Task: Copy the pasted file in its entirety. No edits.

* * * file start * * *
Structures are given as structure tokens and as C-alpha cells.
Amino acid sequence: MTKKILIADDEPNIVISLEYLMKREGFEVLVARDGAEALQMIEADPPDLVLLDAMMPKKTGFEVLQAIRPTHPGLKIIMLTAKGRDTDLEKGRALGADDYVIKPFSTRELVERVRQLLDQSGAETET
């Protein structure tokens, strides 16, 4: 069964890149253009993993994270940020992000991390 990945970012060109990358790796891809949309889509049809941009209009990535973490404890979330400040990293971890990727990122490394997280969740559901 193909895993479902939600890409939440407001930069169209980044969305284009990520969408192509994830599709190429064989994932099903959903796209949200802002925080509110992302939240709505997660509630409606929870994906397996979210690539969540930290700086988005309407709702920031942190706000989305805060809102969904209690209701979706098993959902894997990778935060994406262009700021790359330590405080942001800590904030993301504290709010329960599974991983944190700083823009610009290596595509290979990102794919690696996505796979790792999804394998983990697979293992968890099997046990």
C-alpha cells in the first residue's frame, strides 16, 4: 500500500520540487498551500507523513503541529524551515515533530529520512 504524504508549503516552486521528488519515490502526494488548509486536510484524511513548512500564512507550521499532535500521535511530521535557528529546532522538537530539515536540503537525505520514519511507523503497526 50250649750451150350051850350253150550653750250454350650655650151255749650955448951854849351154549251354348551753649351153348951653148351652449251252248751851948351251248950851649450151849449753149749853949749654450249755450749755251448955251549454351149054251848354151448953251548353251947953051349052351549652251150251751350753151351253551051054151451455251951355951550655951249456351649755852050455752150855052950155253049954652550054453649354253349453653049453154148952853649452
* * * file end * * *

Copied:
Structures are given as structure tokens and as C-alpha cells.
Amino acid sequence: MTKKILIADDEPNIVISLEYLMKREGFEVLVARDGAEALQMIEADPPDLVLLDAMMPKKTGFEVLQAIRPTHPGLKIIMLTAKGRDTDLEKGRALGADDYVIKPFSTRELVERVRQLLDQSGAETET
């Protein structure tokens, strides 16, 4: 069964890149253009993993994270940020992000991390 990945970012060109990358790796891809949309889509049809941009209009990535973490404890979330400040990293971890990727990122490394997280969740559901 193909895993479902939600890409939440407001930069169209980044969305284009990520969408192509994830599709190429064989994932099903959903796209949200802002925080509110992302939240709505997660509630409606929870994906397996979210690539969540930290700086988005309407709702920031942190706000989305805060809102969904209690209701979706098993959902894997990778935060994406262009700021790359330590405080942001800590904030993301504290709010329960599974991983944190700083823009610009290596595509290979990102794919690696996505796979790792999804394998983990697979293992968890099997046990």
C-alpha cells in the first residue's frame, strides 16, 4: 500500500520540487498551500507523513503541529524551515515533530529520512 504524504508549503516552486521528488519515490502526494488548509486536510484524511513548512500564512507550521499532535500521535511530521535557528529546532522538537530539515536540503537525505520514519511507523503497526 50250649750451150350051850350253150550653750250454350650655650151255749650955448951854849351154549251354348551753649351153348951653148351652449251252248751851948351251248950851649450151849449753149749853949749654450249755450749755251448955251549454351149054251848354151448953251548353251947953051349052351549652251150251751350753151351253551051054151451455251951355951550655951249456351649755852050455752150855052950155253049954652550054453649354253349453653049453154148952853649452